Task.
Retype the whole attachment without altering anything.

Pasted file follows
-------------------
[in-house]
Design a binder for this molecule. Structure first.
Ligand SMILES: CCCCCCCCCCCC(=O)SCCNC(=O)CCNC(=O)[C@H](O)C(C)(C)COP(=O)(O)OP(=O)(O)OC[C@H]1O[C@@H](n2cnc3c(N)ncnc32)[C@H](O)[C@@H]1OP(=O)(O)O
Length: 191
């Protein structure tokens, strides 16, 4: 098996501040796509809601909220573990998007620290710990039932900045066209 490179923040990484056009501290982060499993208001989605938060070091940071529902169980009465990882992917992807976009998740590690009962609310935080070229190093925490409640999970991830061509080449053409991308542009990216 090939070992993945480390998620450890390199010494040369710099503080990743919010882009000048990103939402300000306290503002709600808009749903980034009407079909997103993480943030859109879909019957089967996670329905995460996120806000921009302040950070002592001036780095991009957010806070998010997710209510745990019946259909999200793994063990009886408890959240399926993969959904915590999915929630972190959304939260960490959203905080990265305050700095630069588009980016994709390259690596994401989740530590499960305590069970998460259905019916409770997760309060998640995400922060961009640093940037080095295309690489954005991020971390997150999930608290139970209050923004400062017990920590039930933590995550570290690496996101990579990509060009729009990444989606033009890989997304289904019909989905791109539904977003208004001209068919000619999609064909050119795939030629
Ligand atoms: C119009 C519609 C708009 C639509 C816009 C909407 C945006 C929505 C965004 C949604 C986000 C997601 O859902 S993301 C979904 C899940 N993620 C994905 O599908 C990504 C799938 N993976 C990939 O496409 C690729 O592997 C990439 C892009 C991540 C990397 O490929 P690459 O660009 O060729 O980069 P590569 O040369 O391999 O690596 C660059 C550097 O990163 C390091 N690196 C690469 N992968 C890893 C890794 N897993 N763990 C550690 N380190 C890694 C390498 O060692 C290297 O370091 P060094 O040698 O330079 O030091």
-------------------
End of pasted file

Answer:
[in-house]
Design a binder for this molecule. Structure first.
Ligand SMILES: CCCCCCCCCCCC(=O)SCCNC(=O)CCNC(=O)[C@H](O)C(C)(C)COP(=O)(O)OP(=O)(O)OC[C@H]1O[C@@H](n2cnc3c(N)ncnc32)[C@H](O)[C@@H]1OP(=O)(O)O
Length: 191
């Protein structure tokens, strides 16, 4: 098996501040796509809601909220573990998007620290710990039932900045066209 490179923040990484056009501290982060499993208001989605938060070091940071529902169980009465990882992917992807976009998740590690009962609310935080070229190093925490409640999970991830061509080449053409991308542009990216 090939070992993945480390998620450890390199010494040369710099503080990743919010882009000048990103939402300000306290503002709600808009749903980034009407079909997103993480943030859109879909019957089967996670329905995460996120806000921009302040950070002592001036780095991009957010806070998010997710209510745990019946259909999200793994063990009886408890959240399926993969959904915590999915929630972190959304939260960490959203905080990265305050700095630069588009980016994709390259690596994401989740530590499960305590069970998460259905019916409770997760309060998640995400922060961009640093940037080095295309690489954005991020971390997150999930608290139970209050923004400062017990920590039930933590995550570290690496996101990579990509060009729009990444989606033009890989997304289904019909989905791109539904977003208004001209068919000619999609064909050119795939030629
Ligand atoms: C119009 C519609 C708009 C639509 C816009 C909407 C945006 C929505 C965004 C949604 C986000 C997601 O859902 S993301 C979904 C899940 N993620 C994905 O599908 C990504 C799938 N993976 C990939 O496409 C690729 O592997 C990439 C892009 C991540 C990397 O490929 P690459 O660009 O060729 O980069 P590569 O040369 O391999 O690596 C660059 C550097 O990163 C390091 N690196 C690469 N992968 C890893 C890794 N897993 N763990 C550690 N380190 C890694 C390498 O060692 C290297 O370091 P060094 O040698 O330079 O030091």